The Green Economy represents a key sector for the sustainable development of the country and, for this reason, requires special protections to prevent the subversion of corruption and fraud. The availability of public resources in the form of incentives, loans, and tax breaks also attracts the interest of unscrupulous actors, both public and private. These individuals take advantage of the opportunities and vulnerabilities inherent in the system to achieve rapid, substantial gains at the expense of the rule of law and fair competition between companies.
Mario Teresa Brassiolo, President of Transparency International Italy, echoed the importance of reform of the green energy market, stating “Our attention should be focused on the issues of legality and transparency in the sector. Only with such a focus, carried out by the state, will the benefits of free market competition allow the sector to thrive. If such a free market is allowed to exist, Italy will be poised to compete in the international renewable energy market and help define the future of the sector. This role is increasingly important for the future, as humanity continues to consumer more resources than we produce.”
The present situation in the green energy market therefore presents a real danger that could compromise the integrity and transparency of the sector, with particular risk existing in regards to emerging energy sources such as biomass.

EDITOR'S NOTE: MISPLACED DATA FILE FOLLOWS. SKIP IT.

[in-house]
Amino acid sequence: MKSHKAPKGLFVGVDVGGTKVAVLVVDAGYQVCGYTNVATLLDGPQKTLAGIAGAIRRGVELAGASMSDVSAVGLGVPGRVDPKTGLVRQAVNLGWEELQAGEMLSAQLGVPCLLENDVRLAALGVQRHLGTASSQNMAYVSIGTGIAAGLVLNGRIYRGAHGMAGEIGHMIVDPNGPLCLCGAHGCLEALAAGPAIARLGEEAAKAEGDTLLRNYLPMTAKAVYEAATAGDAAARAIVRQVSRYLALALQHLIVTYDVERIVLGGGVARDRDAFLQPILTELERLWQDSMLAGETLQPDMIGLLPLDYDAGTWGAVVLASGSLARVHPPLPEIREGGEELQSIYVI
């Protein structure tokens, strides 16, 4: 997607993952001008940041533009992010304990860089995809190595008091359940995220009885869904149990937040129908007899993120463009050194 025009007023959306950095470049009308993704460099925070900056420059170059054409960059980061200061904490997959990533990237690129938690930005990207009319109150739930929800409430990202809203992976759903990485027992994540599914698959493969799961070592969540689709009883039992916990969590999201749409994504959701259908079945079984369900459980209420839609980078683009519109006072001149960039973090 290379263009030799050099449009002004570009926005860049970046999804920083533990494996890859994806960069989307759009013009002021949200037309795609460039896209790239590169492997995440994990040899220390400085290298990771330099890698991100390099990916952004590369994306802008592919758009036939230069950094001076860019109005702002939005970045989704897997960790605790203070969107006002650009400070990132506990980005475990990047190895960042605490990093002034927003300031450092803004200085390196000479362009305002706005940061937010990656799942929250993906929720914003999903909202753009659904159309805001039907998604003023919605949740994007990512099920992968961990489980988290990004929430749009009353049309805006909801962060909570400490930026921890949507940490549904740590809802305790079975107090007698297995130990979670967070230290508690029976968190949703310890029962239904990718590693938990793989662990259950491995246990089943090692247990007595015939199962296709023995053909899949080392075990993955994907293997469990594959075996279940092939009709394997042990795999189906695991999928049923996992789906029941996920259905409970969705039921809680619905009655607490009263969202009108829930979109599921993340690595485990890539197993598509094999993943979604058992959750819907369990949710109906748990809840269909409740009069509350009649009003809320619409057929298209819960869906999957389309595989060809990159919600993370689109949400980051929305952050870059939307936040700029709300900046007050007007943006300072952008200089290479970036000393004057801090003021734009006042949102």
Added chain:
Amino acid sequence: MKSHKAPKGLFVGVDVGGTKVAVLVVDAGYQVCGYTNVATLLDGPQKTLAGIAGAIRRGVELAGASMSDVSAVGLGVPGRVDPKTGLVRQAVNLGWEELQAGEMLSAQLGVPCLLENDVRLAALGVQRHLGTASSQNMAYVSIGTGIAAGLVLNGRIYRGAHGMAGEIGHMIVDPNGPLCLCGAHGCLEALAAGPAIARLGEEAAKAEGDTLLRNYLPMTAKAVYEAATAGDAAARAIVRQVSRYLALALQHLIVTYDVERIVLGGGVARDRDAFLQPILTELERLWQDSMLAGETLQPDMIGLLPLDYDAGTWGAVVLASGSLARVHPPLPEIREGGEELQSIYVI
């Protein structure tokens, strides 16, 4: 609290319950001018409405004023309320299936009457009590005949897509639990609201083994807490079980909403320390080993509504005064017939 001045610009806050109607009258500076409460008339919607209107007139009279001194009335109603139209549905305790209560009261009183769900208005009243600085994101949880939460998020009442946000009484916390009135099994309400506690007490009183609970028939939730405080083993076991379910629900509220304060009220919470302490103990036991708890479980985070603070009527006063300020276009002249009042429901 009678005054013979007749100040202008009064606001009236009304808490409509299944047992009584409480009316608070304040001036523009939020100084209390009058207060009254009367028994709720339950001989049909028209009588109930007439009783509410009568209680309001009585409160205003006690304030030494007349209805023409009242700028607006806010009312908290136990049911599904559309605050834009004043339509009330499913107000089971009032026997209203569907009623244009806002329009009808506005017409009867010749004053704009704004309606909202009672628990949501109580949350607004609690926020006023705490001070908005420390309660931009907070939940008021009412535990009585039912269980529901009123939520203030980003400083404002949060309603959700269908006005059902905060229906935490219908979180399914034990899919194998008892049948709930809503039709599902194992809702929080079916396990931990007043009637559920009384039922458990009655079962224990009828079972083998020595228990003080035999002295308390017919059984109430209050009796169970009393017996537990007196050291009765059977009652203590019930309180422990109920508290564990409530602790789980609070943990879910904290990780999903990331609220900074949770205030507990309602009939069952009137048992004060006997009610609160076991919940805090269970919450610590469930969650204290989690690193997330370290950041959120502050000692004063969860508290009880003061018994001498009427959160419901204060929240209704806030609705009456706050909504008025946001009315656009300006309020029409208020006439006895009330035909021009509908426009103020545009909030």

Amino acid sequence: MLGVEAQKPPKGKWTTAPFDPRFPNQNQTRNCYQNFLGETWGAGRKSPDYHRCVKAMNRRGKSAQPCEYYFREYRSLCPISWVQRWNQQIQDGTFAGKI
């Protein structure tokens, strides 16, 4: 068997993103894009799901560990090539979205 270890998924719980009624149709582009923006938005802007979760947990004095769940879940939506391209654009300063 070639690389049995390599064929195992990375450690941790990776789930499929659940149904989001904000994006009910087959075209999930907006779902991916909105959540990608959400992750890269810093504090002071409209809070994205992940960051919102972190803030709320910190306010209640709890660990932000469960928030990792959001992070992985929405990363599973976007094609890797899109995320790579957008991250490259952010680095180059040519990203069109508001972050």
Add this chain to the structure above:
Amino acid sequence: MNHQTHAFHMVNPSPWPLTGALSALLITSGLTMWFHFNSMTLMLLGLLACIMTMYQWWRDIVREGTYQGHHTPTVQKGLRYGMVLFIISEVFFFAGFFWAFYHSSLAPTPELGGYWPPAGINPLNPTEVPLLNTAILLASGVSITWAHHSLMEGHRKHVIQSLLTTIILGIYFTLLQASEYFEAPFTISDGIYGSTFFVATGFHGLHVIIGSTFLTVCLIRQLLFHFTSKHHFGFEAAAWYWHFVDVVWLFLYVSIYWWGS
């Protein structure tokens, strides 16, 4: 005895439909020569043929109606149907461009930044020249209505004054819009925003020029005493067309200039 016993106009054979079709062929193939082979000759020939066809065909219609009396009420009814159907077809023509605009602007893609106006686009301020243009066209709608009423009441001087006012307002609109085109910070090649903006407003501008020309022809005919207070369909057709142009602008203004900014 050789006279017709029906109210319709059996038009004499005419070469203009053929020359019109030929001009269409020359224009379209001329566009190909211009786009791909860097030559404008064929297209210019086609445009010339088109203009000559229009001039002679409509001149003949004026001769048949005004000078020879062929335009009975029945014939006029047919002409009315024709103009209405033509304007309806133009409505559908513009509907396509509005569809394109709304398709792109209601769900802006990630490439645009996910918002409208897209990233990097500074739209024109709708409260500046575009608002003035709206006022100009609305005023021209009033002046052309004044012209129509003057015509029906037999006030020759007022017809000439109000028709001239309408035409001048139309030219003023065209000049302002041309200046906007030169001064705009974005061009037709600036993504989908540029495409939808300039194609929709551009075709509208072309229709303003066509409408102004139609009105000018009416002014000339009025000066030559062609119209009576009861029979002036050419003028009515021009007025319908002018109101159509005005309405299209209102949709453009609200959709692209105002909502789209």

As has emerged from the analysis, the critical causal factors that facilitate criminal opportunities and ultimately result in a weakening of the system of prevention are inherent in the regulatory framework and rules of the market. In particular, the absence of a national energy plan and effective central coordination of the market has led to an uncertain and unstable environment for private operators. This environment includes the excessive instability of regulations regarding incentives and additionally is characterized by strong geographical heterogeneity. The impact of this instability on the market is largely a widespread insecurity of participants, who, in turn, seek to ensure “more guarantees” from local institutions.
The national framework of authorizations/licenses is also at a high risk for exposure to corruption and fraud because of the inconsistent legislation on the national level, the inadequacy of quality standards required of projects and their financiers, the inadequacy of discretion laws, the inadequacy of laws preventing potential conflicts of interest, and finally the unpredictable and obscure manner in which changes to these laws are made.
At the market level, no shortage of companies have chosen the road of illegality by utilizing easy-to-create but difficult-to-identify corporate schemes, capitalizing on the volatility of investments, encouraging strong speculation in the sector, and benefiting from the weak control of the supply chain, and the difficulty in tracking money. Finally, this situation continues to exacerbate the marginal role of trade associations, who are unable to operate definitively to promote a culture of legal business and minimize the risks of corruption.
Another critical element is the active presence of organized crime, a common problem in areas of high profit potential and public interest. Ultimately, the presence of these criminal organizations can distort market dynamics.